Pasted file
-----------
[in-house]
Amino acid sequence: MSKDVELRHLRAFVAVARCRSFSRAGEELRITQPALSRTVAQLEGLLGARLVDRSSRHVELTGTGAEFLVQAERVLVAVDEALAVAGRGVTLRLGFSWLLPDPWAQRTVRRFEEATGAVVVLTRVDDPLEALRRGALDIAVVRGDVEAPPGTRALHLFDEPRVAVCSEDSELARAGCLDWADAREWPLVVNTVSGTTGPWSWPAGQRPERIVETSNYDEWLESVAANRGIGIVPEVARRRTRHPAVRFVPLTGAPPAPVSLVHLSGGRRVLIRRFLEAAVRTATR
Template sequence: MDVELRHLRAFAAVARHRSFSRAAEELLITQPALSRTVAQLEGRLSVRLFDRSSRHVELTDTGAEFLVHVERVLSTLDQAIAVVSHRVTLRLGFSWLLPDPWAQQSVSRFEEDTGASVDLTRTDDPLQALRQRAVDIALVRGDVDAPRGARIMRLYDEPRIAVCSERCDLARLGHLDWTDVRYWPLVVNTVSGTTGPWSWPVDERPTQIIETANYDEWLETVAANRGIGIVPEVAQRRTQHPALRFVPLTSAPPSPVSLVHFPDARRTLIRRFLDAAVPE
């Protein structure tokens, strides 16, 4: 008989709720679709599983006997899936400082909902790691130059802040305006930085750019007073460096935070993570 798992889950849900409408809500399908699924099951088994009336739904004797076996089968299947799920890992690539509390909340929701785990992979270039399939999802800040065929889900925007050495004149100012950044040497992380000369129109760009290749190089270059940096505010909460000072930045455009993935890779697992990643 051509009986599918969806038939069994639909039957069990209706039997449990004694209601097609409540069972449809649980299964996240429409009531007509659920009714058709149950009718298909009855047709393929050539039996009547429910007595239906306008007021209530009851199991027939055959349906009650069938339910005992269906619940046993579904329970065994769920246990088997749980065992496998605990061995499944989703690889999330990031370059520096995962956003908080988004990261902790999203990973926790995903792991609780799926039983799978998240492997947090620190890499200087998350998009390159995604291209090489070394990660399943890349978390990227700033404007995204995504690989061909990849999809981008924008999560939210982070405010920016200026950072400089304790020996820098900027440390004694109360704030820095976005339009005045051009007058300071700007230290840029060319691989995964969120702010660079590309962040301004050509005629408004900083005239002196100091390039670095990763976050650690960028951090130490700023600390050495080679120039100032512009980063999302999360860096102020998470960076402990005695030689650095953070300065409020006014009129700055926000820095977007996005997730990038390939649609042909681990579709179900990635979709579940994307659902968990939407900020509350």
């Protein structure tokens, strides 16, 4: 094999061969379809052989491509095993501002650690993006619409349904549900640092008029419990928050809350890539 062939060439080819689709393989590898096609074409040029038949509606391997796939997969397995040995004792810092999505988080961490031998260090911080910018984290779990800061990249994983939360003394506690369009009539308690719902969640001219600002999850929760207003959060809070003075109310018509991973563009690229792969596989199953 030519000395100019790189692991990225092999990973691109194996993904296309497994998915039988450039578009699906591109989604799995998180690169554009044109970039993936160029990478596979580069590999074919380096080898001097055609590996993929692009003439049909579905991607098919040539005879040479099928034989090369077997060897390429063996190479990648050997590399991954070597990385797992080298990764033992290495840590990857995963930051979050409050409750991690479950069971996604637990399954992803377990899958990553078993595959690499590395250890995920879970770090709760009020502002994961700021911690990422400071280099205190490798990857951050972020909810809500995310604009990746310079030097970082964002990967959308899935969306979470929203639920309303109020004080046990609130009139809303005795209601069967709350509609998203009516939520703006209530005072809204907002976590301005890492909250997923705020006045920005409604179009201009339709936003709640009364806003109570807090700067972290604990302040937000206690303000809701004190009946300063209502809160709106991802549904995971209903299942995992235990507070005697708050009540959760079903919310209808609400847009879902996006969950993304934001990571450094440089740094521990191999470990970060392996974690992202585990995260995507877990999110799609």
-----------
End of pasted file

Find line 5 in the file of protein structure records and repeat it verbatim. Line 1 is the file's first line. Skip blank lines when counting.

């Protein structure tokens, strides 16, 4: 094999061969379809052989491509095993501002650690993006619409349904549900640092008029419990928050809350890539 062939060439080819689709393989590898096609074409040029038949509606391997796939997969397995040995004792810092999505988080961490031998260090911080910018984290779990800061990249994983939360003394506690369009009539308690719902969640001219600002999850929760207003959060809070003075109310018509991973563009690229792969596989199953 030519000395100019790189692991990225092999990973691109194996993904296309497994998915039988450039578009699906591109989604799995998180690169554009044109970039993936160029990478596979580069590999074919380096080898001097055609590996993929692009003439049909579905991607098919040539005879040479099928034989090369077997060897390429063996190479990648050997590399991954070597990385797992080298990764033992290495840590990857995963930051979050409050409750991690479950069971996604637990399954992803377990899958990553078993595959690499590395250890995920879970770090709760009020502002994961700021911690990422400071280099205190490798990857951050972020909810809500995310604009990746310079030097970082964002990967959308899935969306979470929203639920309303109020004080046990609130009139809303005795209601069967709350509609998203009516939520703006209530005072809204907002976590301005890492909250997923705020006045920005409604179009201009339709936003709640009364806003109570807090700067972290604990302040937000206690303000809701004190009946300063209502809160709106991802549904995971209903299942995992235990507070005697708050009540959760079903919310209808609400847009879902996006969950993304934001990571450094440089740094521990191999470990970060392996974690992202585990995260995507877990999110799609």